A couple of pieces of news from Georgia, where Camden County officials last month commissioned an environmental impact statement for the site of a proposed coastal spaceport and also visited the state capital to promote the project.
County administrator Steve Howard told the board that, after much dialogue, the property owners of the proposed spaceport site off Interstate 95 Exit 7 finalized a confidentiality agreement this week. An Environmental Impact Statement (EIS), which costs $745,000, was approved by the board of commissioners and includes many steps with private companies, the Federal Aviation Administration and a private EIS consultant assigned to Camden’s officials.
Howard said the next step will be face-to-face meetings with the property owners and state officials. He also said that after the EIS is close to completion, starting a website on the project would help put the 4,000-acre site on the radar of space officials….
Howard also read from a news article that said Orlando, Fla., which is also interested in constructing a spaceport, anticipates that if two launch sites are constructed, 2,500 jobs will be created and there will be an economic impact of about $250 million. Howard explained that Camden County is also exploring the possibility of housing two launch sites and hope that if successful, the area will see similar positive economic impacts.
Howard reminded the board and the audience that the spaceport project is nowhere near to being a done deal, seeing as how the EIS component of the project can take about 24 months and other negotiations and legalities could stretch progress out even further.
On Tuesday, Camden county officials and business leaders visited Atlanta to promote the spaceport project.
Sporting grins and Starfleet name tags with the slogan “Live long and prosper,” 20 business and community leaders from Camden County lobbied Tuesday for Georgia to become the home to a commercial space port.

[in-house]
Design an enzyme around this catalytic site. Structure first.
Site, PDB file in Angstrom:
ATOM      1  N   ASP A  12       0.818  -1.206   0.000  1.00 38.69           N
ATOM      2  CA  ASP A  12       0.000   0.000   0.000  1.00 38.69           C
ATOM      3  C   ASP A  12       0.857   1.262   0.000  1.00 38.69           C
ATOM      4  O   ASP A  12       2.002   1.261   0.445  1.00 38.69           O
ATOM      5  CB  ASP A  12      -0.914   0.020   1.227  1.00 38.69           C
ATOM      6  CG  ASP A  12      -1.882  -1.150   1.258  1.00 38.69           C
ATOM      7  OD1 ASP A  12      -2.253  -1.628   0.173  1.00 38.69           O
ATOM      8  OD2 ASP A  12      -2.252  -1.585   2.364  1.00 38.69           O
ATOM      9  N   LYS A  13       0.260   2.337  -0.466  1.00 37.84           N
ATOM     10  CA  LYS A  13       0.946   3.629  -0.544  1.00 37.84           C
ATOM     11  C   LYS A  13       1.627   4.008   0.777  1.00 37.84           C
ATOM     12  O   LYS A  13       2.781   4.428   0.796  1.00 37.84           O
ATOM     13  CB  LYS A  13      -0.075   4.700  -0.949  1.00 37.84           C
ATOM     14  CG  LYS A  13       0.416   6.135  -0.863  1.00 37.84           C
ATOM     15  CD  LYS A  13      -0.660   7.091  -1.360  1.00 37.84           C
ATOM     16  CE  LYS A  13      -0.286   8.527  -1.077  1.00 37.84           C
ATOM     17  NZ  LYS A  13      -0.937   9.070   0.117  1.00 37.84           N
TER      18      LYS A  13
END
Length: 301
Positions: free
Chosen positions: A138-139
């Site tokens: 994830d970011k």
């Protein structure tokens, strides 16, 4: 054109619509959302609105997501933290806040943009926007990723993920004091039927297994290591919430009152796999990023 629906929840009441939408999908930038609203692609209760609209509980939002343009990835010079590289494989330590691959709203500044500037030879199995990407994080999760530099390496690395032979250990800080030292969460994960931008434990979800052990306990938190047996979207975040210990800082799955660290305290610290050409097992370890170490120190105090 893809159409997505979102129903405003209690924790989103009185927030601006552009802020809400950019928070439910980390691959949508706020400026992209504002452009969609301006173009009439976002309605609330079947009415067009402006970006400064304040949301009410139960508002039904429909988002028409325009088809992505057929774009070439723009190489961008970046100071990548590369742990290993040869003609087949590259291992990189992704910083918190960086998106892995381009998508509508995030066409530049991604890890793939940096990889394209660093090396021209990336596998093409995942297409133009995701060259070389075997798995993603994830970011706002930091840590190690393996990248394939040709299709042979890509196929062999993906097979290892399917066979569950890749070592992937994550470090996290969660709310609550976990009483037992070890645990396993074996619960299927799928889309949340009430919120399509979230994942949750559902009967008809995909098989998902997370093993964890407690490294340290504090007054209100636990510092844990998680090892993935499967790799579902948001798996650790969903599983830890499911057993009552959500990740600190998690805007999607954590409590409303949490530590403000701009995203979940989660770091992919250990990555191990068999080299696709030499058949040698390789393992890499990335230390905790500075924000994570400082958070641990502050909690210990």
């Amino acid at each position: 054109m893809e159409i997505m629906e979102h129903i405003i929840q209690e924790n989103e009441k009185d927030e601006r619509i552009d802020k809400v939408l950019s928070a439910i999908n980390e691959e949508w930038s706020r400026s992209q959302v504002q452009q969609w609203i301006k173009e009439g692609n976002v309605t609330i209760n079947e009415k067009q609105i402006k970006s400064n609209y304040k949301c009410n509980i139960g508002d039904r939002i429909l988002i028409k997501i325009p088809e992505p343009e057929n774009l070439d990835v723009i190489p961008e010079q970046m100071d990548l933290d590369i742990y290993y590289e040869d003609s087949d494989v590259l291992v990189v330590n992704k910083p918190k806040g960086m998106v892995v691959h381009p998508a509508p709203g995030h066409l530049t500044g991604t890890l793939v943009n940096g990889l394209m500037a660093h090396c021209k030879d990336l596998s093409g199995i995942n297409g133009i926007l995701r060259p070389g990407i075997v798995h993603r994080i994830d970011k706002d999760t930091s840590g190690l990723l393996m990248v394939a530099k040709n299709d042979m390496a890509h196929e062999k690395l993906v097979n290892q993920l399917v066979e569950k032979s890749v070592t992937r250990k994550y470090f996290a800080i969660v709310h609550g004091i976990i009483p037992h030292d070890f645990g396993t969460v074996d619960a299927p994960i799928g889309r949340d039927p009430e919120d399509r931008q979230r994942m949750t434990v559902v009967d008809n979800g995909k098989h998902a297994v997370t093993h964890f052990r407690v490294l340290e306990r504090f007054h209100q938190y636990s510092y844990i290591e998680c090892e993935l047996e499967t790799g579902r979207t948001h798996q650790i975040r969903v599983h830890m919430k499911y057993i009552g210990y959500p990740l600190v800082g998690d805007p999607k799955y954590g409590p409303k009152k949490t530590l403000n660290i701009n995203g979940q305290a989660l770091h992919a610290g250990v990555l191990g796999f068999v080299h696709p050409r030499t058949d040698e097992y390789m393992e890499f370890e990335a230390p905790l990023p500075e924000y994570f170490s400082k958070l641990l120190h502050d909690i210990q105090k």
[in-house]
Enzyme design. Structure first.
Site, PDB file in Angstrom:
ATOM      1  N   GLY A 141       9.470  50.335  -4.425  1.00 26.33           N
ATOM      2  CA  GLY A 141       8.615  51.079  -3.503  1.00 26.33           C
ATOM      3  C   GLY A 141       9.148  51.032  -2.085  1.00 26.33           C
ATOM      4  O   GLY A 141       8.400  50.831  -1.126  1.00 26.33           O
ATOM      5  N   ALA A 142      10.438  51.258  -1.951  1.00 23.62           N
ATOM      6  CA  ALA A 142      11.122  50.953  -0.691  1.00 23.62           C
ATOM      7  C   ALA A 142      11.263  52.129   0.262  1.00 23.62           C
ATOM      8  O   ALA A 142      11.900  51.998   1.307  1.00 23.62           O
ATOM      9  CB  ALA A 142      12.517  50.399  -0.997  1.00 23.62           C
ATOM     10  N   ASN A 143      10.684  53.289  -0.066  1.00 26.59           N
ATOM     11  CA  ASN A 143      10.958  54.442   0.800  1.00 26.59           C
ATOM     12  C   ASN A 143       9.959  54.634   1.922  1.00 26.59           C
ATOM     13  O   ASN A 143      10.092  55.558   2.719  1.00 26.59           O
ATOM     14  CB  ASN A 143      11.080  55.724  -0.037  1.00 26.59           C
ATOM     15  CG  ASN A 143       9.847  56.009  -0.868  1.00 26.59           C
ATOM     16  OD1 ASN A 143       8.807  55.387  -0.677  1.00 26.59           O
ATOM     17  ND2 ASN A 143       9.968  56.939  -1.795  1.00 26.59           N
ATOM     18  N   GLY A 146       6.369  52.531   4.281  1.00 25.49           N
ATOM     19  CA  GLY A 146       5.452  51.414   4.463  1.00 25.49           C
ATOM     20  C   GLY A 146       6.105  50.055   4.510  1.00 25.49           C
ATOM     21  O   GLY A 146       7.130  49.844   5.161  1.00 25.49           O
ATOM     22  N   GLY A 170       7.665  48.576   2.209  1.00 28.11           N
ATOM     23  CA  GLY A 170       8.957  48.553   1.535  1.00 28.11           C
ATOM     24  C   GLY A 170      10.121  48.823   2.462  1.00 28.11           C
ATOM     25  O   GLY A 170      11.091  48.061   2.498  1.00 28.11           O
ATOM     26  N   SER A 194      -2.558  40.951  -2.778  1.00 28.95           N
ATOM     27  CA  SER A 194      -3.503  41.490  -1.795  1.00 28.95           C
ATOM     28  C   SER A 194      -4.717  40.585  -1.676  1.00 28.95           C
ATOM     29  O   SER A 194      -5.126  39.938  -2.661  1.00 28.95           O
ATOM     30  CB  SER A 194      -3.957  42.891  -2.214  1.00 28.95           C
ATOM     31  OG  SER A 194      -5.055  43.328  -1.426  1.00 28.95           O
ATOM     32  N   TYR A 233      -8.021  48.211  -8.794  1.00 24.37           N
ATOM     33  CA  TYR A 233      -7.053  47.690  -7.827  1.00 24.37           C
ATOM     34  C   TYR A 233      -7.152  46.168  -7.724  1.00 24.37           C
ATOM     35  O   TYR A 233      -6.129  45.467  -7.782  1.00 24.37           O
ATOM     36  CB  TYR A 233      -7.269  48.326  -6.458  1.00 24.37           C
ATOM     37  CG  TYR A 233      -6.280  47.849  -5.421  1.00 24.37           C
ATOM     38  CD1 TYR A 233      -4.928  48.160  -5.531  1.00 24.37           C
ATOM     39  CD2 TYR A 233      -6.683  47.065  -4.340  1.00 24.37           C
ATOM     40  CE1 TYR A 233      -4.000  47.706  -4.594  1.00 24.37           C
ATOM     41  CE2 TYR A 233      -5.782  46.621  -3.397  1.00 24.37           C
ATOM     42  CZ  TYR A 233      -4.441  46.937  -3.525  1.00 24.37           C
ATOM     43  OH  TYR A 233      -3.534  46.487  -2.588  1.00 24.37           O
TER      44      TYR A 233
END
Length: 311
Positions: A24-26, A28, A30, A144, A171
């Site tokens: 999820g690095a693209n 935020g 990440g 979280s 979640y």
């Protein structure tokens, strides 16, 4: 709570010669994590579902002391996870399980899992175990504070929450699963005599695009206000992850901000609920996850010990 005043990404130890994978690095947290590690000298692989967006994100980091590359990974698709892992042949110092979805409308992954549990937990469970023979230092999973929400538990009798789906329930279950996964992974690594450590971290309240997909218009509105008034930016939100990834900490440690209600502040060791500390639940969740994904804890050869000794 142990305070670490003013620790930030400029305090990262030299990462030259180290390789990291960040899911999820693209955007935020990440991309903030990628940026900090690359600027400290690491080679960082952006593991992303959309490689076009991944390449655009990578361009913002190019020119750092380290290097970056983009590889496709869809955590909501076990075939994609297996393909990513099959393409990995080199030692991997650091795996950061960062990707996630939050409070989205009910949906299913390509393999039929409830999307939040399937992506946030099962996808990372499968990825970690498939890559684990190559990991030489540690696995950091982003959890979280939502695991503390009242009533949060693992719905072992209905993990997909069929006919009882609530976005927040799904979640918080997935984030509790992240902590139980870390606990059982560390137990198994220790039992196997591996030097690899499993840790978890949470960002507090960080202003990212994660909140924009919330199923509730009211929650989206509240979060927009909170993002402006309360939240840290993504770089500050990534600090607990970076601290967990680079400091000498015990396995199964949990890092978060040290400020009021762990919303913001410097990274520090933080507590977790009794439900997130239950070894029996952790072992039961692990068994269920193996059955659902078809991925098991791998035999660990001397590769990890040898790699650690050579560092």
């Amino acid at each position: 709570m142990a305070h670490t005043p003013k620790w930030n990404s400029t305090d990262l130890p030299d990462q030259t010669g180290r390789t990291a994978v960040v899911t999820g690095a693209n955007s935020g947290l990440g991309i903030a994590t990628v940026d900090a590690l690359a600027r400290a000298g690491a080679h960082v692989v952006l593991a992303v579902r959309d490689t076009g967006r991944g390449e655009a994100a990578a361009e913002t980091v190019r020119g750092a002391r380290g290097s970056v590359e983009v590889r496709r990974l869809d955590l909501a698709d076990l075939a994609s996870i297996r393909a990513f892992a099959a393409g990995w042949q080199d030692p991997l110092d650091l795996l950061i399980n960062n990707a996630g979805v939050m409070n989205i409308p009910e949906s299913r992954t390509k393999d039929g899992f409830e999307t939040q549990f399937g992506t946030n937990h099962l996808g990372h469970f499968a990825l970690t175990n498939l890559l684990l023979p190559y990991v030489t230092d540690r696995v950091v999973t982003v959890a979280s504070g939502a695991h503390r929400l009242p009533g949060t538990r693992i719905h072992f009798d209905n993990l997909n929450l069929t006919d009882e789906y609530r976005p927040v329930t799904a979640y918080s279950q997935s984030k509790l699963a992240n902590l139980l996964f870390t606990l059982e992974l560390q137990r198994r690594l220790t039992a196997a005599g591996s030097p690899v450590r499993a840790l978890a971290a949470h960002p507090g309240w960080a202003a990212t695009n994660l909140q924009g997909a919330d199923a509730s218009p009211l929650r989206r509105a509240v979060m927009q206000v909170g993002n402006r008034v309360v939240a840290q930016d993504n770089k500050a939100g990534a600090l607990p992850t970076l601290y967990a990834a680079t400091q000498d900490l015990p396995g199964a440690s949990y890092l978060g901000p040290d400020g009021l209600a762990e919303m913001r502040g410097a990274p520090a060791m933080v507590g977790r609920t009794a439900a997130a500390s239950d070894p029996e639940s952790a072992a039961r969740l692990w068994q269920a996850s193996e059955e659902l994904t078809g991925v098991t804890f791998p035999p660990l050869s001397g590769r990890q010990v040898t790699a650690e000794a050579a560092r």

They may have seemed a little spacey if lawmakers had not had breakfast that morning with a completely different group of executives from some of the state’s 838 aerospace companies that provide 85,000 jobs. Neither group knew of the other’s plans, which may illustrate how big Georgia’s $50 billion aerospace industry is.
While that includes giants like Gulfstream Aerospace, Lockheed Martin and Delta Air Lines, it also includes start-ups like Atlanta-based Generation Orbit Launch Services that seeks to launch small, commercial satellites from airplanes starting in 2016. It helps that Georgia Tech produces more aerospace engineers than any school in the country….
The Camden County leaders say the salt marshes on the Southeast Georgia coast offer another asset to the industry as a commercial space port by being sparsely populated and near the ocean. They say they’ve received strong interest from SpaceX, a 12-year-old company that’s already launched three commercial rockets, delivering cargo to the International Space Station.
SpaceX seems almost certain to build its commercial spaceport on the Gulf Coast near Brownsville, Texas. The only issue that would likely derail that effort is a negative environmental impact statement, which the FAA is now finalizing. Local and state officials are on board with a package of incentives for SpaceX.
Thus, it’s not entirely clear which other companies Camden County officials have in mind to attract to the spaceport.